By the end, Walter had become so terrible. A monster. A devil. Everyone who knew him rejected him, and that hurt him but didn't change him. He had passed the point of redemption. I thought, when he killed Mike or tried to sweet-talk Jesse into fleeing the country, that he might have passed the point of any self-awareness, too. A moment of clarity was the best I could have hoped for him. Not remorse--he showed none; he died committing murder; and that was absolutely right for him--but he had the moment of clarity, and that's made the episode work for me as a finale.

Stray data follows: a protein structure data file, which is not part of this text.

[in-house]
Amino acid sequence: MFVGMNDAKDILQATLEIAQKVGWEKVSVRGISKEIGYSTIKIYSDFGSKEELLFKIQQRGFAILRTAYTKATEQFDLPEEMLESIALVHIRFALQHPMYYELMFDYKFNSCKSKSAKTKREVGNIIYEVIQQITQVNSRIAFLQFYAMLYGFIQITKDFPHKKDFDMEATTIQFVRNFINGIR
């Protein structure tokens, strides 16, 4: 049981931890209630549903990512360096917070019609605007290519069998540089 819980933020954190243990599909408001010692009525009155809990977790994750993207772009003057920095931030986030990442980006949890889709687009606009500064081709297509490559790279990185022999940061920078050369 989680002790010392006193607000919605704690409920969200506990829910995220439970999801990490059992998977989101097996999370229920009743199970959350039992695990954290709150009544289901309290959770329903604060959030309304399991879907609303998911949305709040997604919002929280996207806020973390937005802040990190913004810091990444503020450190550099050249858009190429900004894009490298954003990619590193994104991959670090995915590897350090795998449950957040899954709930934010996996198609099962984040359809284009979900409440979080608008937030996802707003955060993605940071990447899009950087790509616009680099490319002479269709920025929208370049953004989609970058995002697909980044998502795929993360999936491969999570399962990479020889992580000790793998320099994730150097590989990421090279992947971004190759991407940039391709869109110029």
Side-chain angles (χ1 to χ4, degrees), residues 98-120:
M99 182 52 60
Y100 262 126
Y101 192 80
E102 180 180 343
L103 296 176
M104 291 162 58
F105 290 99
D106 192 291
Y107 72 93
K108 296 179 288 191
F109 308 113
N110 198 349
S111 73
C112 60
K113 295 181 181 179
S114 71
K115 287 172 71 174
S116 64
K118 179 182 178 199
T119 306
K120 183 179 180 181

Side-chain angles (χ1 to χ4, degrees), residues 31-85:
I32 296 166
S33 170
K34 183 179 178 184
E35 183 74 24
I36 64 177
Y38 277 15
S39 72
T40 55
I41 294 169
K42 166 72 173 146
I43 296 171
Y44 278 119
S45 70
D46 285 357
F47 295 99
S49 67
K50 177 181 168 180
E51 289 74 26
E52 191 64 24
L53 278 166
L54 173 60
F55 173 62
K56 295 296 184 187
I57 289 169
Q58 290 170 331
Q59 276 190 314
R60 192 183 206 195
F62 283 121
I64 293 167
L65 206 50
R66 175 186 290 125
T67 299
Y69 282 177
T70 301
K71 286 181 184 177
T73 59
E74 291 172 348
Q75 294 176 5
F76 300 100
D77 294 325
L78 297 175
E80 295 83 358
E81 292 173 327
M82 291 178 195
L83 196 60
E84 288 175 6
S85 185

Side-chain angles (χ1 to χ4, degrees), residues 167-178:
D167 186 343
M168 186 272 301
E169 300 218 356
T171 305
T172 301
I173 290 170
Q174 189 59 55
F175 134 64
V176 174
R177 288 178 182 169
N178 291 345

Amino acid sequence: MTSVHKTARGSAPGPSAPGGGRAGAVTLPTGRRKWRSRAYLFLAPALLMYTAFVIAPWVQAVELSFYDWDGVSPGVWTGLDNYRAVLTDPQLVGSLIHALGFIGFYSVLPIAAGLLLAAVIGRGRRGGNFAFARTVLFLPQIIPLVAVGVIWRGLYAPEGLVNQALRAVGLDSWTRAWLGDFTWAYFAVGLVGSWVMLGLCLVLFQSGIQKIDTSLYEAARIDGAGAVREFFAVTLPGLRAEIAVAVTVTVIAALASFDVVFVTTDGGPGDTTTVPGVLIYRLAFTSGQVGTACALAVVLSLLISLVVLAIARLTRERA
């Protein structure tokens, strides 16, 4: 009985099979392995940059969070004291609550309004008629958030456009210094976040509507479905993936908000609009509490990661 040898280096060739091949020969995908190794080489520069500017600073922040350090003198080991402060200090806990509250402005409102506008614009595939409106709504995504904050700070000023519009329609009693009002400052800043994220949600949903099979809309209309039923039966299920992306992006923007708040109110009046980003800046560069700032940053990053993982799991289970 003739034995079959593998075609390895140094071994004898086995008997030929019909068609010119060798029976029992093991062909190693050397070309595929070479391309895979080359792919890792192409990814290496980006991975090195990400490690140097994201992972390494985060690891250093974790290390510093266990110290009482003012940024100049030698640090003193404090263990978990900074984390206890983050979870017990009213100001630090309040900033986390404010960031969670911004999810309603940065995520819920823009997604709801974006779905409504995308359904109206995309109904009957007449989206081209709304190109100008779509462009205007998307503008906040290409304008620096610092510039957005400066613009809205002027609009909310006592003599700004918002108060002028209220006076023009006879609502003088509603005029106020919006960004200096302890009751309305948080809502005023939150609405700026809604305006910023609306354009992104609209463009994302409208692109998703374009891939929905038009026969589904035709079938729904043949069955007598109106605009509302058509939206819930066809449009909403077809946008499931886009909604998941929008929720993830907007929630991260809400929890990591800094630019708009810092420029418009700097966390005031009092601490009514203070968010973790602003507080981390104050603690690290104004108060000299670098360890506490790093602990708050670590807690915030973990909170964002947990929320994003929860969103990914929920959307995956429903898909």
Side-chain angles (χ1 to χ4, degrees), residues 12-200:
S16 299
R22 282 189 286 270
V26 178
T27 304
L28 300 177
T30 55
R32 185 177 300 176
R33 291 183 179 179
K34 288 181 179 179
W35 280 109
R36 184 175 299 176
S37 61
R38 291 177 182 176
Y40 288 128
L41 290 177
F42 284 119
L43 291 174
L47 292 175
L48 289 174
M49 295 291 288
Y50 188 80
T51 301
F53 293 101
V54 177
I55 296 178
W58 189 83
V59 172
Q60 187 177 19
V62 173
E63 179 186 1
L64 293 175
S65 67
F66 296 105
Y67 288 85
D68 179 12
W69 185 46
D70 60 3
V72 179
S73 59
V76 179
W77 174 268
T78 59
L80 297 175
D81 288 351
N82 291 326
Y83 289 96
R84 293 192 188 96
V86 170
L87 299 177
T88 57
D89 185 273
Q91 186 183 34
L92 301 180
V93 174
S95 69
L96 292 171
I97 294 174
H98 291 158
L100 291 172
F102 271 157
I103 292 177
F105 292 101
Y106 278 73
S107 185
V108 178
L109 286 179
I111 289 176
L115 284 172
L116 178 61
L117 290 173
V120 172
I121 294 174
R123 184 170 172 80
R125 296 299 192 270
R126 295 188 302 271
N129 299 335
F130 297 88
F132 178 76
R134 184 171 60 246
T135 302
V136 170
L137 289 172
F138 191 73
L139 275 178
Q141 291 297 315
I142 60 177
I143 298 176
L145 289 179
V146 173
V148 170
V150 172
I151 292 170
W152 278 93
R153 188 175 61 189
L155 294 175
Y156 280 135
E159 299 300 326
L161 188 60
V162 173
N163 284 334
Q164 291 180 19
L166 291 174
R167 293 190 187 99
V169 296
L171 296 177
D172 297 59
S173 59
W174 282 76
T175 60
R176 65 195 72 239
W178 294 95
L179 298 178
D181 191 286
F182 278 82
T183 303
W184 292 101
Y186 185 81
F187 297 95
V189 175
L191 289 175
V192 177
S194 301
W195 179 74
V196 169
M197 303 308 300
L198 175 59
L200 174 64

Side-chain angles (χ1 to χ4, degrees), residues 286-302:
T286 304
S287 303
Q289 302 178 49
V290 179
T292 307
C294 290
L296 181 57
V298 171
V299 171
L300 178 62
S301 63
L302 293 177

I read a few complaints that Jesse was absent during the final season, or didn't have enough of a role to play. I was grateful. His repeated attempts to withdraw from the business, to give away his cash, to flee or turn witness made me hope he might survive. And I wanted him to survive.
I'd like to believe that his time in the cage, being forced to cook for the white supremacists, is all the punishment he's going to get.
And I like that when Walter passed him the gun, offered him the revenge he had to be craving, he didn't pick it up. He'd taken enough lives. He was done.